Breaking: Scientific Proof That Maria Sharapova Is Better Than Novak Djokovic


Last week, Novak Djokovic and Maria Sharapova each posted pictures of themselves while filming their new Head commercial. As per yushe, when these two join forces the result is usually a copious amount of laughs, sarcasm, banter and even a bit of flirting. Though Djokovic jokingly stated that Sharapova didn’t “take it easy” on him during their training, he didn’t quite elaborate on the complete emasculation that took place on the lawns of Stoke Park. Sadly for Djokovic, sovsport (check out the fully translated great write-up here.) was there to expose the Serb for the world to see.

What is this Serbian guy doing here? – I ask Maria.
Ha, he just lost his number 1 spot after Wimbledon and wants to train with me to increase his level of play, – Maria laughs but adds seriously: – We will have a photoshoot together and Novak came earlier to train a bit.

When was last time you played on grass? – Maria laughs after Novak’s first bad shot.
Haven’t played since Wimbledon – Novak shouts from the other side of the court.
It’s very, very obvious – answers Maria while embarrassing Novak with her killer forehand cross.
And Novak begins to play with all passion and training quickly transforms into a real match with heav,y raging shots. There is absolute silence around, because the entire Russian team stopped training to watch the breathtaking match.
I know you girls like all these slicesjokes Novak while running up to the ball. – But we deal with it just like this!
Novak hits ball heavily to the other side but Maria answers with lightning shot. Novak artistically falls down, showing all his disappointment.
OMG, that was cool… – Maria’s hitting partner Vladimir Volthckov seems still shocked.
Ha! – laughs Maria as she walks to her bench.

Ouch. No one tell Gilles Simon.

Believe It Or Not, Nadal’s Withdrawal Doesn’t Signal The End Of The World


So, let’s have some facts, eh? Today, Rafael Nadal dropped a nuclear bombshell on the Olympics build-up as he announcing his withdrawal from the event. His infamous chronic knees are to blame. The signs were there – not only have rumors and talk about his knee injury been swirling around long before Wimbledon even concluded, but it has always been fairly evident that aside from his knees, Nadal’s biggest enemy has been the ticking clock as the Olympics draw ever closer. But even so, considering just a couple of days ago Benito he was posting pictures of himself doing rehab in the gym with an insanely gleeful smile plastered on his face, the alarm and shock at this turn of events is more than warranted.

Discussions on whether or not Tennis deserves its place in the Olympics have raged on for years now, but regardless of whether tennis as a sport is suited to the competition, there’s no doubt that Nadal himself is. He stands as one of the players (also look towards Venus Williams) who genuinely cherishes and truly understands the significance and honour of being an Olympian. For him, the Olympics is clearly more than the pursuit of nice, shiny medals. He gets it, and in a sport like tennis, not every player does. He called the withdrawal one of the toughest decisions he has ever made and one of the worst days of his tennis career, and it’s not difficult to see why.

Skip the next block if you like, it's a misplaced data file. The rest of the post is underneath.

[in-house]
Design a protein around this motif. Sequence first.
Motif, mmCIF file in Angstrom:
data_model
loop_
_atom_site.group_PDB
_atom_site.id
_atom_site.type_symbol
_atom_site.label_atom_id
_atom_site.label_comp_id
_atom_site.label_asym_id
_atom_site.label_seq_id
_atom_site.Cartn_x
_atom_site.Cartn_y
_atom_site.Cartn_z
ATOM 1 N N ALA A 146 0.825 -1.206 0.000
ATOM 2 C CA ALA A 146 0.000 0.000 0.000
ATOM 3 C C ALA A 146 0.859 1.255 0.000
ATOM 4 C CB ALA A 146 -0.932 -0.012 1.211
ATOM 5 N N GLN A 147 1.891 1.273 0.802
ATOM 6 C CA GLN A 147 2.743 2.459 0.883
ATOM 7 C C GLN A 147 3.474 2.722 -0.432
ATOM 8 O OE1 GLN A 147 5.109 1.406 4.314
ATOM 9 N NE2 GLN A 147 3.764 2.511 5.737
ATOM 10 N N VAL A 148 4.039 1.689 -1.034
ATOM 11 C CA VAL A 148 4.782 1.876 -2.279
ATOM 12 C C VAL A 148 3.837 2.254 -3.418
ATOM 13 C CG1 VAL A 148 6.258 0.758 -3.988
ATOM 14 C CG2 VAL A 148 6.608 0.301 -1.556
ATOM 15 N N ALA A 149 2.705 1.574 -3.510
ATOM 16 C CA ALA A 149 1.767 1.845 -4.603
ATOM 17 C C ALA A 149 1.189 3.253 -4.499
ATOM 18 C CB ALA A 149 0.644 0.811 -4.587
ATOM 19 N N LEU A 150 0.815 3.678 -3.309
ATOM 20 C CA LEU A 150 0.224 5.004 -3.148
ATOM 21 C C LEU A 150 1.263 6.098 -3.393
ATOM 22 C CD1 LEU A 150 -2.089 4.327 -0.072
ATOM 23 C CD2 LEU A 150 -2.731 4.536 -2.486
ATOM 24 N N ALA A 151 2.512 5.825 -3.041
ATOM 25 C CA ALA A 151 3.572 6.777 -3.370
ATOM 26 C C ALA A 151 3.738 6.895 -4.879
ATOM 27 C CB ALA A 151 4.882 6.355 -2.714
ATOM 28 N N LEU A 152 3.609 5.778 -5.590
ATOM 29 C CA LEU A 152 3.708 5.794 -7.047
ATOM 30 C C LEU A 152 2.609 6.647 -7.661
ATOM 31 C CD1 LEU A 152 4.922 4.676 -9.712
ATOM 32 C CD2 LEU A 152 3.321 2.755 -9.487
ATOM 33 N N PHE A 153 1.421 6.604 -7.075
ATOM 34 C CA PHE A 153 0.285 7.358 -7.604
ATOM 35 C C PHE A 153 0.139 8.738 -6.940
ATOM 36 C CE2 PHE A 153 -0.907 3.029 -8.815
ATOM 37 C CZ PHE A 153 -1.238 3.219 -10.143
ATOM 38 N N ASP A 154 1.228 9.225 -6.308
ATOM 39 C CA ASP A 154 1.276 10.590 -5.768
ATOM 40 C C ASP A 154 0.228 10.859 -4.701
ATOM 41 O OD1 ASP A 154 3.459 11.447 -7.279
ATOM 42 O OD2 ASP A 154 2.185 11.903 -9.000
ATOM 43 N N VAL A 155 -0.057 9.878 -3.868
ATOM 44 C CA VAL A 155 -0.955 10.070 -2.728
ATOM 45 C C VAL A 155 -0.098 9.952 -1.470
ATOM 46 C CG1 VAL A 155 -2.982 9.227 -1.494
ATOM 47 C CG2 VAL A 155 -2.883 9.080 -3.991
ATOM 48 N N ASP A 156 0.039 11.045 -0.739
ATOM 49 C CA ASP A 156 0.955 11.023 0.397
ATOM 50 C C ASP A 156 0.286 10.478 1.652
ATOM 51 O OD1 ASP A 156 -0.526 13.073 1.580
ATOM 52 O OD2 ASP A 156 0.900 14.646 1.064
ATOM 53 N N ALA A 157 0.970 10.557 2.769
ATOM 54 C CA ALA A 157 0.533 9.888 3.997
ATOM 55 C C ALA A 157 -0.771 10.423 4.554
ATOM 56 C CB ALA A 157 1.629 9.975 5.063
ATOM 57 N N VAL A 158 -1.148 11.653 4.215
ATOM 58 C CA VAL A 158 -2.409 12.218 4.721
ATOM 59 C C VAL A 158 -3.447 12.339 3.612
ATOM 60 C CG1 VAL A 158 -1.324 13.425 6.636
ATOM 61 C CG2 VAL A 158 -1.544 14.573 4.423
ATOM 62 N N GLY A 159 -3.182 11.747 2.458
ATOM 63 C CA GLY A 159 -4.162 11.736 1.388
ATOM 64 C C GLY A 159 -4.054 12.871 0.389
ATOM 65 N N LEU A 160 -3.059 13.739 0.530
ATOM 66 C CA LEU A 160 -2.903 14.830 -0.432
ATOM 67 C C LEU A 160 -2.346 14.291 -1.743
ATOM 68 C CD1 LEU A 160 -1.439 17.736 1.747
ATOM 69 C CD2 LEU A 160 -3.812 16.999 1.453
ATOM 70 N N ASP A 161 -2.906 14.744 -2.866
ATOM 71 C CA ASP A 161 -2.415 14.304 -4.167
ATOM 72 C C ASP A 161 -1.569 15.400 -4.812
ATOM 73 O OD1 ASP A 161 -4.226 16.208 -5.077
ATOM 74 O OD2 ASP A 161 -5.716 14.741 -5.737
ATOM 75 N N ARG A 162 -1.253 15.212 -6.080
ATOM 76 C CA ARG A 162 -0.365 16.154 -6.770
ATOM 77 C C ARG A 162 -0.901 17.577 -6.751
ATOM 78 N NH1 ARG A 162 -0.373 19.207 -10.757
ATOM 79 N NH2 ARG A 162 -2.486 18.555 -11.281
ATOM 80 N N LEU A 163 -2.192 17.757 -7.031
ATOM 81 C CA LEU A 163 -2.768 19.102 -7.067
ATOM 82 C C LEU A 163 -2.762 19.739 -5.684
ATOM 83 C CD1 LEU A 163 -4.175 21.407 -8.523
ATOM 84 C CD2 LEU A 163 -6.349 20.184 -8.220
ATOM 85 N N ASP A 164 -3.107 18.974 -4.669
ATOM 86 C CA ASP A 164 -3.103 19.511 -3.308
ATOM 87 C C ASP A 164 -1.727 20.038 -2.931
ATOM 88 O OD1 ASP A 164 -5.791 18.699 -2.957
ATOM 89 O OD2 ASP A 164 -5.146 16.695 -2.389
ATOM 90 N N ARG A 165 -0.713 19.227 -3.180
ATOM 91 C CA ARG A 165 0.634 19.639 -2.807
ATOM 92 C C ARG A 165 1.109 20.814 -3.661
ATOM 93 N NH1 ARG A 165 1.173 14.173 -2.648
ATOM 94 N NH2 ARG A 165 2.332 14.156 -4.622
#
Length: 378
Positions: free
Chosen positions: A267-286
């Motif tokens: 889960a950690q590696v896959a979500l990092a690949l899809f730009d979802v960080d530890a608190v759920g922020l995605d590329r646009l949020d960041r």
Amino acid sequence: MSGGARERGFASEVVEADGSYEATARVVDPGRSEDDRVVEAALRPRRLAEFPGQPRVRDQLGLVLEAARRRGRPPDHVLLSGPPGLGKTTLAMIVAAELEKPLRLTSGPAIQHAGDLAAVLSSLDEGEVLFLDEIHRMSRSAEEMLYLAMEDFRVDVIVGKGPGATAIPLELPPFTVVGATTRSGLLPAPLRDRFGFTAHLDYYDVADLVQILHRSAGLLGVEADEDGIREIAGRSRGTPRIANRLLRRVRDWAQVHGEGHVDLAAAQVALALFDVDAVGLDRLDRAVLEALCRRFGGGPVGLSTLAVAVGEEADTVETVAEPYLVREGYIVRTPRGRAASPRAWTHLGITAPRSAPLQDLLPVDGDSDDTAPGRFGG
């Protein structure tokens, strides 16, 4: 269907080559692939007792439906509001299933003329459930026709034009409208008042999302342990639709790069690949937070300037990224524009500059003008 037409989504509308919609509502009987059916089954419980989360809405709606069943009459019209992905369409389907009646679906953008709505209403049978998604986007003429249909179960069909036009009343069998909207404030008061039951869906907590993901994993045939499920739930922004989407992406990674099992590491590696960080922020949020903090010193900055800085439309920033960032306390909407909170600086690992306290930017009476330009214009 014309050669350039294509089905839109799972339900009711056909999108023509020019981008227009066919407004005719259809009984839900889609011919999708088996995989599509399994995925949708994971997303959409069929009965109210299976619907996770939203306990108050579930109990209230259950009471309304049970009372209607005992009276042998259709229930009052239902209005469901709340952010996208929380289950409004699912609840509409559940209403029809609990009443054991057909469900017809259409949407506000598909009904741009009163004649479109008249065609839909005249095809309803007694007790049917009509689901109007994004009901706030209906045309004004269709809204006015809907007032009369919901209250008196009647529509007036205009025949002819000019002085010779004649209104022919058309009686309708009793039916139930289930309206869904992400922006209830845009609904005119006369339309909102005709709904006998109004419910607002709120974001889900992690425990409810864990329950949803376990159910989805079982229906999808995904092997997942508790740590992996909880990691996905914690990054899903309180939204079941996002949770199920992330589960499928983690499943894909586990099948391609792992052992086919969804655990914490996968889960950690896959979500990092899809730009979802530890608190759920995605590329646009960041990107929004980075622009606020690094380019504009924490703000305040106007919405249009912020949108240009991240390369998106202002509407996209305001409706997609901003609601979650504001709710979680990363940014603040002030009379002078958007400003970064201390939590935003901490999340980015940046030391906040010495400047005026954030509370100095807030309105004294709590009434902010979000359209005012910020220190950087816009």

But aside from disappointment and sympathy towards Nadal, I’m struggling to understand the point of speculating about much else. People are already collapsing into hysterical wrecks and proclaiming Nadal’s career over, or else pointedly suggesting that the knees must *clearly* be in awful condition for him to withdraw. Perhaps the doomsaying and worrying has some merit, but one thing we do know is that we saw this all before in 2009 and a year later he went on to have the best year of his career. He isn’t the first player to suffer from tendinitis and he won’t be the last. It’s certainly not easy, but it’s something he has managed and will continue to do so.

And finally there’s the case of Mr Federer and people subsequently expecting him to waltz to his first singles Olympic Gold. Despite Nadal standing as the sole (ahem) relevant active player to defeat Federer on grass, the Spaniard’s fairly appalling 21-11 record in three-setters off grass over the past year pull him straight back down to earth. Massive opposition remains in the form of Djokovic and Murray, the Brit holding an exemplary 8-5 record over three sets against Federer over three and Djokovic who will undoubtedly be hungry for revenge after Federer wrote a new chapter into ther rivalry at Wimbledon. I would even venture to suggest that Nadal’s withdrawal is far from being a pivotal or draw-altering.

But while I close my eyes, place fingers in my ears and hum away the blind speculation, others are… not. Namely Uncle Toni who stated that London was the last Nadal’s Olympic opportunity, implying that he will be retired within four years. Not only is writing Nadal off for the next Olympic games as premature as Novak Djokovic when retreating into the shade on a hot day, it’s just, well – to quote Federer – I mean, puh-lease. Are you kidding me?

Hot Shot: Ana Ivanovic’s (alleged) New Man


According to Serbian press, this is Ana Ivanovic’s new boyfriend. His name is Vanja Udovicic and – get this – he’s an Olympic (duh) Water Polo player.